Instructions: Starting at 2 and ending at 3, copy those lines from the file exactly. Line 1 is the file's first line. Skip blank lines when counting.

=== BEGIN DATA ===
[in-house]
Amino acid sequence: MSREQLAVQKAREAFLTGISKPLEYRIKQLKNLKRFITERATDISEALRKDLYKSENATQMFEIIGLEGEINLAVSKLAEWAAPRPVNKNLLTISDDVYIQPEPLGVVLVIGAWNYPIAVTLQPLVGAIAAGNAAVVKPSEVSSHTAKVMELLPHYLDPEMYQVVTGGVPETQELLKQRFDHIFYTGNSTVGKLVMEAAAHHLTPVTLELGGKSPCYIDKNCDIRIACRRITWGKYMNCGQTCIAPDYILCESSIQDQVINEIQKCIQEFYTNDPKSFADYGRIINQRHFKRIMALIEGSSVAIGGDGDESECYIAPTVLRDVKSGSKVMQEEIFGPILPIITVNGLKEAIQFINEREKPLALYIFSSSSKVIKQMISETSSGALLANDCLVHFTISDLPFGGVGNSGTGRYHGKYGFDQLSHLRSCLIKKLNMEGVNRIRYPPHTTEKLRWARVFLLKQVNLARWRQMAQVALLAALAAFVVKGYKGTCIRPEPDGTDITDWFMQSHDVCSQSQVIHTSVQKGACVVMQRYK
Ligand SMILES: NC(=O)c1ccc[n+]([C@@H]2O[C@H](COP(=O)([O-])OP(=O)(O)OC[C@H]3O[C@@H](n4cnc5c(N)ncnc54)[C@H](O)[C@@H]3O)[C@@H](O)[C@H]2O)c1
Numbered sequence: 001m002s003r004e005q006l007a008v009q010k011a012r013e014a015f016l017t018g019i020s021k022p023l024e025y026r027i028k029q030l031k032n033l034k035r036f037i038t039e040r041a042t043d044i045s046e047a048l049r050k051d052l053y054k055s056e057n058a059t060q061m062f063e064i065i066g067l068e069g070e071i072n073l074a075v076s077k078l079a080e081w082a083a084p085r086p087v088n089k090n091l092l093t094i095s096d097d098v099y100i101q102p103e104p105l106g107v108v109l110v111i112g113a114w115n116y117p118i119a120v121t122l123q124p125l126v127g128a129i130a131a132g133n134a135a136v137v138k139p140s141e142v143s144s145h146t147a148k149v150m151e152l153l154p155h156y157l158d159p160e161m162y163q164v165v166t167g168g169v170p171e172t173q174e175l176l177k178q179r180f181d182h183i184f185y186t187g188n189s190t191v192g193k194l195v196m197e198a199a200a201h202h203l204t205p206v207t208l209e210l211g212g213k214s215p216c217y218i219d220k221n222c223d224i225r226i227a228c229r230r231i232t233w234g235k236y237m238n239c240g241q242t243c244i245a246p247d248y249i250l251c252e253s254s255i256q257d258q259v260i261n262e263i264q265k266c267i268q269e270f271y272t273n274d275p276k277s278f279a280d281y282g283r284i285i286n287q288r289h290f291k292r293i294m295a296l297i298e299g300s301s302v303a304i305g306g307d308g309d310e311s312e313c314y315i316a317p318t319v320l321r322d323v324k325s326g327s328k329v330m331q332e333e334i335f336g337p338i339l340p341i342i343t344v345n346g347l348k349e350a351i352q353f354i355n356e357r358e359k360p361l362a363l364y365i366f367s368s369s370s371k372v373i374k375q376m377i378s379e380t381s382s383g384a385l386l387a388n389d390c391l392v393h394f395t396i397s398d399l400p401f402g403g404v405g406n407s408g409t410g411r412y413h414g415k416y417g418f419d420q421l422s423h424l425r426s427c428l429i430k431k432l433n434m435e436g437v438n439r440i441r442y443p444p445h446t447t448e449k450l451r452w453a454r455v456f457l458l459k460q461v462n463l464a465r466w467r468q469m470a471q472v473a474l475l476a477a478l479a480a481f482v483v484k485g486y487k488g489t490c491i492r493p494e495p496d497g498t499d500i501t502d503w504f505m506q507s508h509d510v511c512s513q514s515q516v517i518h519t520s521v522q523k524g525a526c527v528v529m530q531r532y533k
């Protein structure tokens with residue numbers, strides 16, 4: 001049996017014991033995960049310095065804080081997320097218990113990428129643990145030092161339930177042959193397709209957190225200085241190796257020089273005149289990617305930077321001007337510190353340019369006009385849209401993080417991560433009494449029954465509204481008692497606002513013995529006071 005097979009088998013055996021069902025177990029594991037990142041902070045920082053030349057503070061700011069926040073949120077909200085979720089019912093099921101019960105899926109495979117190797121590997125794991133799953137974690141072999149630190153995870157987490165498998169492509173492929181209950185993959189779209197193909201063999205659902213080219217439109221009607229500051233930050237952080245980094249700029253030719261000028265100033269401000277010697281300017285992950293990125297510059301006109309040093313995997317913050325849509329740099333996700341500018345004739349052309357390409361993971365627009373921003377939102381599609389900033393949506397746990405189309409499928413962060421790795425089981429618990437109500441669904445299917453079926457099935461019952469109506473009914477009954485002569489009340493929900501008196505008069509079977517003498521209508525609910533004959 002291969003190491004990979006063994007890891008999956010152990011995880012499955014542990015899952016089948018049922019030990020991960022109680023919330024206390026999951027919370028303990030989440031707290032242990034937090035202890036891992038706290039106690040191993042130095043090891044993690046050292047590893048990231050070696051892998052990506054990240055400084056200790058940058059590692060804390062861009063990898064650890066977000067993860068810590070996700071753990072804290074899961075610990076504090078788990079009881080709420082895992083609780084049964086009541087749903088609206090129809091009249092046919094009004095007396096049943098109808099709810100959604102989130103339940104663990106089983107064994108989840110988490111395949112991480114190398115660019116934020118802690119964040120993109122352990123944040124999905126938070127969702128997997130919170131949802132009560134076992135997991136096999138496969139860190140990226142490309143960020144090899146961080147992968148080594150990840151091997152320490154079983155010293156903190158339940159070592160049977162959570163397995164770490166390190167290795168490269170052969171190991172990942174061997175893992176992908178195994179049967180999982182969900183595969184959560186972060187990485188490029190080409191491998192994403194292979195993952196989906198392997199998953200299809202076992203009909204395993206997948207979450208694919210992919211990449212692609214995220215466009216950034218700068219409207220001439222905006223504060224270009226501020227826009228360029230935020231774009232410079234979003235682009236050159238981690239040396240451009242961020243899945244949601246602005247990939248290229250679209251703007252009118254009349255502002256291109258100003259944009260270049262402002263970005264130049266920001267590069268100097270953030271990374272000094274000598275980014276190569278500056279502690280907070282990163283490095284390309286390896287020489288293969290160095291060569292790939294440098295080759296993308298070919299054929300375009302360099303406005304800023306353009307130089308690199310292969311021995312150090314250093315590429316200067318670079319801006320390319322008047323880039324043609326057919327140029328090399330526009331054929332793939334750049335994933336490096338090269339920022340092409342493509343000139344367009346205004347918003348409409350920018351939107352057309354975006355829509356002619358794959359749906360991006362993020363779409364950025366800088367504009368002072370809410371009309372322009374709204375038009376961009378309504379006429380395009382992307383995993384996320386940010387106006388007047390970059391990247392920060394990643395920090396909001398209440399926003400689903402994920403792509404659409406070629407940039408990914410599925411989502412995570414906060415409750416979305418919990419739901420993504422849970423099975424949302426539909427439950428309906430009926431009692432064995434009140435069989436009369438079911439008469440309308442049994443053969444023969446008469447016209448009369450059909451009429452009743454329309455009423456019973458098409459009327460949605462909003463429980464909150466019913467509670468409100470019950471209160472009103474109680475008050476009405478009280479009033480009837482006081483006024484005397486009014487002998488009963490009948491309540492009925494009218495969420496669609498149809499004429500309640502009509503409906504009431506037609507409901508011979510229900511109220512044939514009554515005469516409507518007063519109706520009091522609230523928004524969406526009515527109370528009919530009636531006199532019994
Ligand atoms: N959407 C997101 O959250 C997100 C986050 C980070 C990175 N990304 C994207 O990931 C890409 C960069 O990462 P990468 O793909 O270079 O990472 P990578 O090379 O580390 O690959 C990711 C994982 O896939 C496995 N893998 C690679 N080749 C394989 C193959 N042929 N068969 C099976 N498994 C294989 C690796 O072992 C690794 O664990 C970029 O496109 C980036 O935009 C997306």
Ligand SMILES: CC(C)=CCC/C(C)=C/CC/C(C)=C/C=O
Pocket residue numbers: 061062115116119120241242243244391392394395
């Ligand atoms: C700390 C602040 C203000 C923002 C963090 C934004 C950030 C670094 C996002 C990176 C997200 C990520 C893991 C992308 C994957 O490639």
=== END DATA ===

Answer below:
Amino acid sequence: MSREQLAVQKAREAFLTGISKPLEYRIKQLKNLKRFITERATDISEALRKDLYKSENATQMFEIIGLEGEINLAVSKLAEWAAPRPVNKNLLTISDDVYIQPEPLGVVLVIGAWNYPIAVTLQPLVGAIAAGNAAVVKPSEVSSHTAKVMELLPHYLDPEMYQVVTGGVPETQELLKQRFDHIFYTGNSTVGKLVMEAAAHHLTPVTLELGGKSPCYIDKNCDIRIACRRITWGKYMNCGQTCIAPDYILCESSIQDQVINEIQKCIQEFYTNDPKSFADYGRIINQRHFKRIMALIEGSSVAIGGDGDESECYIAPTVLRDVKSGSKVMQEEIFGPILPIITVNGLKEAIQFINEREKPLALYIFSSSSKVIKQMISETSSGALLANDCLVHFTISDLPFGGVGNSGTGRYHGKYGFDQLSHLRSCLIKKLNMEGVNRIRYPPHTTEKLRWARVFLLKQVNLARWRQMAQVALLAALAAFVVKGYKGTCIRPEPDGTDITDWFMQSHDVCSQSQVIHTSVQKGACVVMQRYK
Ligand SMILES: NC(=O)c1ccc[n+]([C@@H]2O[C@H](COP(=O)([O-])OP(=O)(O)OC[C@H]3O[C@@H](n4cnc5c(N)ncnc54)[C@H](O)[C@@H]3O)[C@@H](O)[C@H]2O)c1